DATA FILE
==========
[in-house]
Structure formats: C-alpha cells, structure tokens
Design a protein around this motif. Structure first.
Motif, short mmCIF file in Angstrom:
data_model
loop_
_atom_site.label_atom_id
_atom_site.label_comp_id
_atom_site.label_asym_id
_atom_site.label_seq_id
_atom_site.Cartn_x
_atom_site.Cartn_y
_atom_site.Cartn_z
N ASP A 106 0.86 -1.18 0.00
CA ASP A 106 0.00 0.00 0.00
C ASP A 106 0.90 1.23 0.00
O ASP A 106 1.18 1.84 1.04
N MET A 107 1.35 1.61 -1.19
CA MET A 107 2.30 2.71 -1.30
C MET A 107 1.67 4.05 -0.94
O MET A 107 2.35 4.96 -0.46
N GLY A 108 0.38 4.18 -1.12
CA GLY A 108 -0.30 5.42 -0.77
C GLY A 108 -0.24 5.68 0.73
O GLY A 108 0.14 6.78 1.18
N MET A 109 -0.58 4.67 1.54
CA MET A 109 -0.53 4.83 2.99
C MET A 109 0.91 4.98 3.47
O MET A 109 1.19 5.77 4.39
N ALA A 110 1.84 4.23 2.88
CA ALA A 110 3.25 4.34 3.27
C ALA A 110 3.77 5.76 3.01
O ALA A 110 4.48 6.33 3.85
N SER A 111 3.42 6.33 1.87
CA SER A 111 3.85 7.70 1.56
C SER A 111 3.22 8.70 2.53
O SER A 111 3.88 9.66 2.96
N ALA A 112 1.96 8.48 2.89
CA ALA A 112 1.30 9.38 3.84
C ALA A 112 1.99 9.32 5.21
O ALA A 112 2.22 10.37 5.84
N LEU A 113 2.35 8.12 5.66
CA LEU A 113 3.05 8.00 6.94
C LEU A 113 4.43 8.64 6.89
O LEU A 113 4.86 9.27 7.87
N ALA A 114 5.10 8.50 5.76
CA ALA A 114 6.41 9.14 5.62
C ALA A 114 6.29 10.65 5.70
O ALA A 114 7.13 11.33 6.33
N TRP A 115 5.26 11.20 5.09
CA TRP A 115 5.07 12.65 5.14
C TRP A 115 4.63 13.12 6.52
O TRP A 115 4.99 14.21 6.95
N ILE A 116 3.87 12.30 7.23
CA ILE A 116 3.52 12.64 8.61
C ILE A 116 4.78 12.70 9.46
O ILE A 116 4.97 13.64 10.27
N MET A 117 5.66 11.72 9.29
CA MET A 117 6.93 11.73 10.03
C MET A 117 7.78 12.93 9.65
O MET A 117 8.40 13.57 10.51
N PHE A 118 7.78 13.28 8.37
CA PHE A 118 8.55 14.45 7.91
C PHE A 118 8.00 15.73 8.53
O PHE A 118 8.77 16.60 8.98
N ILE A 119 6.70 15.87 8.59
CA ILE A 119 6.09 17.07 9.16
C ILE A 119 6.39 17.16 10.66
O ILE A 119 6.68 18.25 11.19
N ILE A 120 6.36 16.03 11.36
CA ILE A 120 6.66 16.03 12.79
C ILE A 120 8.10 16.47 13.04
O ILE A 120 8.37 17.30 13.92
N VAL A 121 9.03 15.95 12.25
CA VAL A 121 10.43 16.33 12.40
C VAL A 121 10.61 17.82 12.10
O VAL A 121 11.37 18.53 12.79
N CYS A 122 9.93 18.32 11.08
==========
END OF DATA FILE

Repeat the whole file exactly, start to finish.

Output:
[in-house]
Structure formats: C-alpha cells, structure tokens
Design a protein around this motif. Structure first.
Motif, short mmCIF file in Angstrom:
data_model
loop_
_atom_site.label_atom_id
_atom_site.label_comp_id
_atom_site.label_asym_id
_atom_site.label_seq_id
_atom_site.Cartn_x
_atom_site.Cartn_y
_atom_site.Cartn_z
N ASP A 106 0.86 -1.18 0.00
CA ASP A 106 0.00 0.00 0.00
C ASP A 106 0.90 1.23 0.00
O ASP A 106 1.18 1.84 1.04
N MET A 107 1.35 1.61 -1.19
CA MET A 107 2.30 2.71 -1.30
C MET A 107 1.67 4.05 -0.94
O MET A 107 2.35 4.96 -0.46
N GLY A 108 0.38 4.18 -1.12
CA GLY A 108 -0.30 5.42 -0.77
C GLY A 108 -0.24 5.68 0.73
O GLY A 108 0.14 6.78 1.18
N MET A 109 -0.58 4.67 1.54
CA MET A 109 -0.53 4.83 2.99
C MET A 109 0.91 4.98 3.47
O MET A 109 1.19 5.77 4.39
N ALA A 110 1.84 4.23 2.88
CA ALA A 110 3.25 4.34 3.27
C ALA A 110 3.77 5.76 3.01
O ALA A 110 4.48 6.33 3.85
N SER A 111 3.42 6.33 1.87
CA SER A 111 3.85 7.70 1.56
C SER A 111 3.22 8.70 2.53
O SER A 111 3.88 9.66 2.96
N ALA A 112 1.96 8.48 2.89
CA ALA A 112 1.30 9.38 3.84
C ALA A 112 1.99 9.32 5.21
O ALA A 112 2.22 10.37 5.84
N LEU A 113 2.35 8.12 5.66
CA LEU A 113 3.05 8.00 6.94
C LEU A 113 4.43 8.64 6.89
O LEU A 113 4.86 9.27 7.87
N ALA A 114 5.10 8.50 5.76
CA ALA A 114 6.41 9.14 5.62
C ALA A 114 6.29 10.65 5.70
O ALA A 114 7.13 11.33 6.33
N TRP A 115 5.26 11.20 5.09
CA TRP A 115 5.07 12.65 5.14
C TRP A 115 4.63 13.12 6.52
O TRP A 115 4.99 14.21 6.95
N ILE A 116 3.87 12.30 7.23
CA ILE A 116 3.52 12.64 8.61
C ILE A 116 4.78 12.70 9.46
O ILE A 116 4.97 13.64 10.27
N MET A 117 5.66 11.72 9.29
CA MET A 117 6.93 11.73 10.03
C MET A 117 7.78 12.93 9.65
O MET A 117 8.40 13.57 10.51
N PHE A 118 7.78 13.28 8.37
CA PHE A 118 8.55 14.45 7.91
C PHE A 118 8.00 15.73 8.53
O PHE A 118 8.77 16.60 8.98
N ILE A 119 6.70 15.87 8.59
CA ILE A 119 6.09 17.07 9.16
C ILE A 119 6.39 17.16 10.66
O ILE A 119 6.68 18.25 11.19
N ILE A 120 6.36 16.03 11.36
CA ILE A 120 6.66 16.03 12.79
C ILE A 120 8.10 16.47 13.04
O ILE A 120 8.37 17.30 13.92
N VAL A 121 9.03 15.95 12.25
CA VAL A 121 10.43 16.33 12.40
C VAL A 121 10.61 17.82 12.10
O VAL A 121 11.37 18.53 12.79
N CYS A 122 9.93 18.32 11.08